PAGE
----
Thursday, January 25, 2018

The Work in Progress is... progressing



Progress is being made on my new book, title unknown. Jirra, Toreni, and Chet (Morgan's Misfits) are on an undercover mission on Shar Burk, the sleaziest, most corrupt space station in known space. Their mission is to gather enough evidence to enable the Union Fleet to take down the station's mayor, Markus Soldar. After being elected to the post fifteen years ago, he has gradually increased his power base, so that he's the unassailable, autocratic ruler. Needless to say, he has acquired untold wealth, with his fingers in every pie on the station.

Our Morgan's Misfits trio have set up shop as independent freight carriers, using the heavily-disguised Vulsaur, which used to be Admiral Ravindra's yacht. Morgan Selwood has added a few top-secret smarts to the ship so it can actually change its superficial appearance from a sleek yacht to a little freighter showing its age, yet still have superior handling. Using their cover, the girls have been able to go in and out of Shar Burk, touting for cargo and learning what they can about the station and its dictator, Soldar. (If you glimpse a similarity with Putin of Erdogan, that's up to you <wink>.)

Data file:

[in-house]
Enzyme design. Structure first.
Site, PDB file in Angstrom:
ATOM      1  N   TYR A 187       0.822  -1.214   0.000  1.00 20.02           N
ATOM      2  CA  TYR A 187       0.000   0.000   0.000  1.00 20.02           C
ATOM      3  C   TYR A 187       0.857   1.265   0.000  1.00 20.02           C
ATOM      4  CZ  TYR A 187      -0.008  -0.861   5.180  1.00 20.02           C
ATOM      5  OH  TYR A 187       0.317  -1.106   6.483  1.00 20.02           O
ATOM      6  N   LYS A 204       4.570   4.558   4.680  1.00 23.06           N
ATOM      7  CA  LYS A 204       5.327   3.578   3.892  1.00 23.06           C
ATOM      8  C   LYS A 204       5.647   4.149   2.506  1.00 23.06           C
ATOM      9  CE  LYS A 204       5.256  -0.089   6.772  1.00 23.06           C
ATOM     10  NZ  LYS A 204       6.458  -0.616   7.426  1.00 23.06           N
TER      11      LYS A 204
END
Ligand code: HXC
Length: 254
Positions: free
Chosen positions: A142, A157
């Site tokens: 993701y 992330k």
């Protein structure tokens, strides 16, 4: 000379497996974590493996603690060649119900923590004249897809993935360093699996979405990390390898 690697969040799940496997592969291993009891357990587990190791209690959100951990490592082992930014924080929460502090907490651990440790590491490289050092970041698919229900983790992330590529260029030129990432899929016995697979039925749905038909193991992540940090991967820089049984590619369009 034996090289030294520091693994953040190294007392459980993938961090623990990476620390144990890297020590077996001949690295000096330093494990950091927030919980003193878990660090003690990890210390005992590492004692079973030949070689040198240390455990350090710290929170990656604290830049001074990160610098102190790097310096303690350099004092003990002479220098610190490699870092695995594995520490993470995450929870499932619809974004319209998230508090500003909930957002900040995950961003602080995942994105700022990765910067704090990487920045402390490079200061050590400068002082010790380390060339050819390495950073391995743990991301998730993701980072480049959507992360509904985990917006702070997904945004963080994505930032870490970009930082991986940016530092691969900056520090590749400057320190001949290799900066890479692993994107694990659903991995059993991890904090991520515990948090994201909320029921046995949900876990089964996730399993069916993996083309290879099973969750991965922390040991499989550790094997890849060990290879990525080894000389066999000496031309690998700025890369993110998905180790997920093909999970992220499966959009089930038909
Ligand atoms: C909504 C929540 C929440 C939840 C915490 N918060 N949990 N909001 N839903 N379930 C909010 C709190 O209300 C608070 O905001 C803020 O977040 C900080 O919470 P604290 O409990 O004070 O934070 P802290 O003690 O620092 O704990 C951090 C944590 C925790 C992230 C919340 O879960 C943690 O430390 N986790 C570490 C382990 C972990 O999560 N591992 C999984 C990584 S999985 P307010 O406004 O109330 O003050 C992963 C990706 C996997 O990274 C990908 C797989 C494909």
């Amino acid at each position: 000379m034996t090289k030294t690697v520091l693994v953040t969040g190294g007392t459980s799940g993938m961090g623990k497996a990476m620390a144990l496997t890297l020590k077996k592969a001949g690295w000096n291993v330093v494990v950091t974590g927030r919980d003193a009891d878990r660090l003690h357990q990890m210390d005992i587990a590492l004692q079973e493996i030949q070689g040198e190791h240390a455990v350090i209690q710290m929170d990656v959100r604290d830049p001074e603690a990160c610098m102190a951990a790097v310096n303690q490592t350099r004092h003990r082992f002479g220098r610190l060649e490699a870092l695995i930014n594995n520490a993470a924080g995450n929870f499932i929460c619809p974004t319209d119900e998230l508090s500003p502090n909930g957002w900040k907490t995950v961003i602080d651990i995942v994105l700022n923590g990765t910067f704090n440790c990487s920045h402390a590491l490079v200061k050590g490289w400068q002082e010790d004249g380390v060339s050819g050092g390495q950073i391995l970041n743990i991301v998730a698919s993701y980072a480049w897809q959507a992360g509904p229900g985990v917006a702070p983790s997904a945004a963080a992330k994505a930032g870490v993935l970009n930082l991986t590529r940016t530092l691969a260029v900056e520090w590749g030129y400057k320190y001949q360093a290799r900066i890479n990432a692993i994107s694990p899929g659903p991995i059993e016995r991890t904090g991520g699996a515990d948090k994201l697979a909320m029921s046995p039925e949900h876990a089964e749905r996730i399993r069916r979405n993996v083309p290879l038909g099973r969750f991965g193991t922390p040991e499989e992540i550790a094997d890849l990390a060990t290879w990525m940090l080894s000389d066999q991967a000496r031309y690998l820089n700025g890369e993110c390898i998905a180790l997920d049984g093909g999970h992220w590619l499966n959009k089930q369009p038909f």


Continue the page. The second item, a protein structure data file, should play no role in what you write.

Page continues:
On one trip to the station, while they're conducting routine checks on the Shar Burk Police's system, they notice that the (female) owner of an arts and crafts store has called in a suspicious substance found in an imported artifact. The find is brushed aside as nothing, case closed, but not long after that one of Soldar's nastier enforcers is on his way to the shop.

This is what happens next – very first draft, folks, but you'll get the idea.

Romila glanced up at the chrono again. Two minutes to eight. She could probably safely start closing up shop. This sector of the Shar Burk space station tended to empty out around now. She turned around to lock the crystal cabinet behind the counter.

The door tinkled. Damn. Customers. She was looking forward to going upstairs, but that was retail, wasn't it? Fixing a smile on her face, she turned. "Good evening. How can I help you?"